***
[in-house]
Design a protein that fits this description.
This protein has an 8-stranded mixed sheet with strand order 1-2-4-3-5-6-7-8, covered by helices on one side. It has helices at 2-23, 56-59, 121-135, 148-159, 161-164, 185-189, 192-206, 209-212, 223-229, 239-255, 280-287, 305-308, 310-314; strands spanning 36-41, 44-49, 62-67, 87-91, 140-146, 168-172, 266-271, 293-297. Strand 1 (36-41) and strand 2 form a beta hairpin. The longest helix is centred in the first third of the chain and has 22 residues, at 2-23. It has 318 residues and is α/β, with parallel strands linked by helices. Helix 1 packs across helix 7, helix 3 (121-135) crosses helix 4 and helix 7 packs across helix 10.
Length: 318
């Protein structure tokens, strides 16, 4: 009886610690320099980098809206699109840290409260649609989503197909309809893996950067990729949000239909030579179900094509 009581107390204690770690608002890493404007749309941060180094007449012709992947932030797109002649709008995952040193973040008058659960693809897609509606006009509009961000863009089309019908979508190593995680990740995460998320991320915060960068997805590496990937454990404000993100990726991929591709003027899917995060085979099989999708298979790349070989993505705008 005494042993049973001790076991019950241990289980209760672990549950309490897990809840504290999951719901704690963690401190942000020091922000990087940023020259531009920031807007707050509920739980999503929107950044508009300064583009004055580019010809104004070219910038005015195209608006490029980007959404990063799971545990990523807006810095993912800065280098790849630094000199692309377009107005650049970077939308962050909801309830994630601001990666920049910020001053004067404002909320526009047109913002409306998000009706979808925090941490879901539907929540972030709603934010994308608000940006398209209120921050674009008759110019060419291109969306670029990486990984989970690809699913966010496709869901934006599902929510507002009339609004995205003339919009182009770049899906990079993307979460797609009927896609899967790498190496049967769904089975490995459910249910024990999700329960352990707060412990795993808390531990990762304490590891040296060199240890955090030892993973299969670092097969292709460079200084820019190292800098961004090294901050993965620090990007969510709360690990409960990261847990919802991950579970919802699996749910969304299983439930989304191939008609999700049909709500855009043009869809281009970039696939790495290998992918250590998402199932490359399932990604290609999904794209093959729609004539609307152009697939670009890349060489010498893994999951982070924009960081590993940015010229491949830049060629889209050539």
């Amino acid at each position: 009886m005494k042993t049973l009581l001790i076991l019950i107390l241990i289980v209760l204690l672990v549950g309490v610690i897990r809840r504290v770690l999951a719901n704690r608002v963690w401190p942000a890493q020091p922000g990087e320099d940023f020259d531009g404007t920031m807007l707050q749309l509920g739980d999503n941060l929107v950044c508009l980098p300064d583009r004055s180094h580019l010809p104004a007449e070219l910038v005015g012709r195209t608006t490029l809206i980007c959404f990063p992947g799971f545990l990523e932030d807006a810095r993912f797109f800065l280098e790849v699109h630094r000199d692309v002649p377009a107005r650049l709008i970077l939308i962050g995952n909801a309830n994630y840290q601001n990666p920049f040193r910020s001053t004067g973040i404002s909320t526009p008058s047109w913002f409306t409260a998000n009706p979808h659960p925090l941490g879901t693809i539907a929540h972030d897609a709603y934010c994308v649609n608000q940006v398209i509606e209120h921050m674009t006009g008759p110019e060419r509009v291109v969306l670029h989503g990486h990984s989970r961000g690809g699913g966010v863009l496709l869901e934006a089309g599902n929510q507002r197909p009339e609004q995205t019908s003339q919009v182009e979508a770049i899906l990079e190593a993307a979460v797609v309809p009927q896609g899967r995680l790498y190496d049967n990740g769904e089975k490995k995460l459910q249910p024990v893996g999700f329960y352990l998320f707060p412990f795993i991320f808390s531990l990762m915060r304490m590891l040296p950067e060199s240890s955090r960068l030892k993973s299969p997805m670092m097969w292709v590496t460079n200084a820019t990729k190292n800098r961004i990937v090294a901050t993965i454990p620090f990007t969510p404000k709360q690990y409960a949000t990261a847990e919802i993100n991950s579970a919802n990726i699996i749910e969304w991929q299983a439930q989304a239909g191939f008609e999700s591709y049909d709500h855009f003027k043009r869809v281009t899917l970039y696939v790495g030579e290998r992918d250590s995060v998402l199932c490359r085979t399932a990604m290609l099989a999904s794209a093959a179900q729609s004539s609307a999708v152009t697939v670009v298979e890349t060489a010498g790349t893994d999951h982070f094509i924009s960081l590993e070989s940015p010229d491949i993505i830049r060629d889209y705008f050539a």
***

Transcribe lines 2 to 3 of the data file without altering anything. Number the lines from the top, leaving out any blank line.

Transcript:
Design a protein that fits this description.
This protein has an 8-stranded mixed sheet with strand order 1-2-4-3-5-6-7-8, covered by helices on one side. It has helices at 2-23, 56-59, 121-135, 148-159, 161-164, 185-189, 192-206, 209-212, 223-229, 239-255, 280-287, 305-308, 310-314; strands spanning 36-41, 44-49, 62-67, 87-91, 140-146, 168-172, 266-271, 293-297. Strand 1 (36-41) and strand 2 form a beta hairpin. The longest helix is centred in the first third of the chain and has 22 residues, at 2-23. It has 318 residues and is α/β, with parallel strands linked by helices. Helix 1 packs across helix 7, helix 3 (121-135) crosses helix 4 and helix 7 packs across helix 10.